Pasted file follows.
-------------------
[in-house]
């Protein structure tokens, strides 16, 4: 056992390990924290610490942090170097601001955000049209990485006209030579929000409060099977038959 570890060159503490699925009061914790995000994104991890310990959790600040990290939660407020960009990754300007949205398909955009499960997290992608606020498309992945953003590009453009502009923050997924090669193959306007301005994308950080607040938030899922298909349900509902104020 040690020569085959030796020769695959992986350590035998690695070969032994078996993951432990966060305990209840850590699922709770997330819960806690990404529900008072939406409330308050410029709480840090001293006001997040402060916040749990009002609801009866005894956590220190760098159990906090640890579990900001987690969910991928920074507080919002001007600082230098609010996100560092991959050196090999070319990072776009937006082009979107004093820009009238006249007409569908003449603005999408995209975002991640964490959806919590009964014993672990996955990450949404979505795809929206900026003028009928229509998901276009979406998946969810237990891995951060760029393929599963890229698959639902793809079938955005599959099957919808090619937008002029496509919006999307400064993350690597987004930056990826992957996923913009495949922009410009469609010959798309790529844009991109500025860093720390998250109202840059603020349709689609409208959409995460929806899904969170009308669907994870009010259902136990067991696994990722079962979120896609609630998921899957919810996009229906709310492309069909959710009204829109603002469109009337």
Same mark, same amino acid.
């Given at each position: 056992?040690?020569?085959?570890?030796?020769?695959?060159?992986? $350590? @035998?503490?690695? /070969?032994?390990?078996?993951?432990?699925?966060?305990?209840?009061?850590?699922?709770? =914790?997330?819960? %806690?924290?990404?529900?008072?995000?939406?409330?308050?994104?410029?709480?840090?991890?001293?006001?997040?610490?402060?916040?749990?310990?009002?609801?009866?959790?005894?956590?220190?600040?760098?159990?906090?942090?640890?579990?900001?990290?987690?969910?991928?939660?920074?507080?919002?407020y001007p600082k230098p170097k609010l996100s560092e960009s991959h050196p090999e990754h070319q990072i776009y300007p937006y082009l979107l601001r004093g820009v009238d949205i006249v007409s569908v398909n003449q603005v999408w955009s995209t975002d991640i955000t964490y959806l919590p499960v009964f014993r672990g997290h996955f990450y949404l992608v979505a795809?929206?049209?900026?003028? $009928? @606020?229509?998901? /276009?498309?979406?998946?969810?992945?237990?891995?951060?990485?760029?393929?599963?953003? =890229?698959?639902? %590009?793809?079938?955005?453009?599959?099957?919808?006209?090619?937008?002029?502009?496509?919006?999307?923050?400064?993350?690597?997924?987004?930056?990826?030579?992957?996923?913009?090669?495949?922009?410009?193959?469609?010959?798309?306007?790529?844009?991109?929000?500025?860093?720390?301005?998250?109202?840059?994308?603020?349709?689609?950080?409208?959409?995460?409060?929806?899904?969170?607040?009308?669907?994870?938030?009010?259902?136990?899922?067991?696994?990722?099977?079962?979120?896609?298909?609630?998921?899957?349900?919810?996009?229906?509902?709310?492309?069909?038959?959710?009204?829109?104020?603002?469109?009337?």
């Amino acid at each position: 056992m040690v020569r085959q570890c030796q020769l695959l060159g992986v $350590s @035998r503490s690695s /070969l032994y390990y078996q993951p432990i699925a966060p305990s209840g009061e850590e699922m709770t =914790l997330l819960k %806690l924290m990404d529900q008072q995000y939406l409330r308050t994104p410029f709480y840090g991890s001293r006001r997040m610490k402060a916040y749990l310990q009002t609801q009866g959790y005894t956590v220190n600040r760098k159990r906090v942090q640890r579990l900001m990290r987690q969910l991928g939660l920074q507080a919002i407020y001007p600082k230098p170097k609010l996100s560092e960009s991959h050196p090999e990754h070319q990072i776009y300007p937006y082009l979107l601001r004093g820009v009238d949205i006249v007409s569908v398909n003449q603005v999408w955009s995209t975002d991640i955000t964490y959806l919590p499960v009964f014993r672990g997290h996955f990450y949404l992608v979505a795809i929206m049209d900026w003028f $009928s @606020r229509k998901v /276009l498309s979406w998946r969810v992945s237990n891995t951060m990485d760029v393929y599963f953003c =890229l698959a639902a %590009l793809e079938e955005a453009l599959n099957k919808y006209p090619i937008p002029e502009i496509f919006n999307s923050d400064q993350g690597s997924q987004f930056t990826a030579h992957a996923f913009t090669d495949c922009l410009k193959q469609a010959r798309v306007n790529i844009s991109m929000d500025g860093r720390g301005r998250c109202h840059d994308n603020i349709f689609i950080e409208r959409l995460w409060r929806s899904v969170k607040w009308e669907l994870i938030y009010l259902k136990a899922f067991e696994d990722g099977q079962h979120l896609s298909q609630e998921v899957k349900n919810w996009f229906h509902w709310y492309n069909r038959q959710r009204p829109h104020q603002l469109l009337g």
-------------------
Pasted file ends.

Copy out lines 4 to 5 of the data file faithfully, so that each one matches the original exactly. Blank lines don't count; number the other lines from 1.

């Given at each position: 056992?040690?020569?085959?570890?030796?020769?695959?060159?992986? $350590? @035998?503490?690695? /070969?032994?390990?078996?993951?432990?699925?966060?305990?209840?009061?850590?699922?709770? =914790?997330?819960? %806690?924290?990404?529900?008072?995000?939406?409330?308050?994104?410029?709480?840090?991890?001293?006001?997040?610490?402060?916040?749990?310990?009002?609801?009866?959790?005894?956590?220190?600040?760098?159990?906090?942090?640890?579990?900001?990290?987690?969910?991928?939660?920074?507080?919002?407020y001007p600082k230098p170097k609010l996100s560092e960009s991959h050196p090999e990754h070319q990072i776009y300007p937006y082009l979107l601001r004093g820009v009238d949205i006249v007409s569908v398909n003449q603005v999408w955009s995209t975002d991640i955000t964490y959806l919590p499960v009964f014993r672990g997290h996955f990450y949404l992608v979505a795809?929206?049209?900026?003028? $009928? @606020?229509?998901? /276009?498309?979406?998946?969810?992945?237990?891995?951060?990485?760029?393929?599963?953003? =890229?698959?639902? %590009?793809?079938?955005?453009?599959?099957?919808?006209?090619?937008?002029?502009?496509?919006?999307?923050?400064?993350?690597?997924?987004?930056?990826?030579?992957?996923?913009?090669?495949?922009?410009?193959?469609?010959?798309?306007?790529?844009?991109?929000?500025?860093?720390?301005?998250?109202?840059?994308?603020?349709?689609?950080?409208?959409?995460?409060?929806?899904?969170?607040?009308?669907?994870?938030?009010?259902?136990?899922?067991?696994?990722?099977?079962?979120?896609?298909?609630?998921?899957?349900?919810?996009?229906?509902?709310?492309?069909?038959?959710?009204?829109?104020?603002?469109?009337?």
């Amino acid at each position: 056992m040690v020569r085959q570890c030796q020769l695959l060159g992986v $350590s @035998r503490s690695s /070969l032994y390990y078996q993951p432990i699925a966060p305990s209840g009061e850590e699922m709770t =914790l997330l819960k %806690l924290m990404d529900q008072q995000y939406l409330r308050t994104p410029f709480y840090g991890s001293r006001r997040m610490k402060a916040y749990l310990q009002t609801q009866g959790y005894t956590v220190n600040r760098k159990r906090v942090q640890r579990l900001m990290r987690q969910l991928g939660l920074q507080a919002i407020y001007p600082k230098p170097k609010l996100s560092e960009s991959h050196p090999e990754h070319q990072i776009y300007p937006y082009l979107l601001r004093g820009v009238d949205i006249v007409s569908v398909n003449q603005v999408w955009s995209t975002d991640i955000t964490y959806l919590p499960v009964f014993r672990g997290h996955f990450y949404l992608v979505a795809i929206m049209d900026w003028f $009928s @606020r229509k998901v /276009l498309s979406w998946r969810v992945s237990n891995t951060m990485d760029v393929y599963f953003c =890229l698959a639902a %590009l793809e079938e955005a453009l599959n099957k919808y006209p090619i937008p002029e502009i496509f919006n999307s923050d400064q993350g690597s997924q987004f930056t990826a030579h992957a996923f913009t090669d495949c922009l410009k193959q469609a010959r798309v306007n790529i844009s991109m929000d500025g860093r720390g301005r998250c109202h840059d994308n603020i349709f689609i950080e409208r959409l995460w409060r929806s899904v969170k607040w009308e669907l994870i938030y009010l259902k136990a899922f067991e696994d990722g099977q079962h979120l896609s298909q609630e998921v899957k349900n919810w996009f229906h509902w709310y492309n069909r038959q959710r009204p829109h104020q603002l469109l009337g």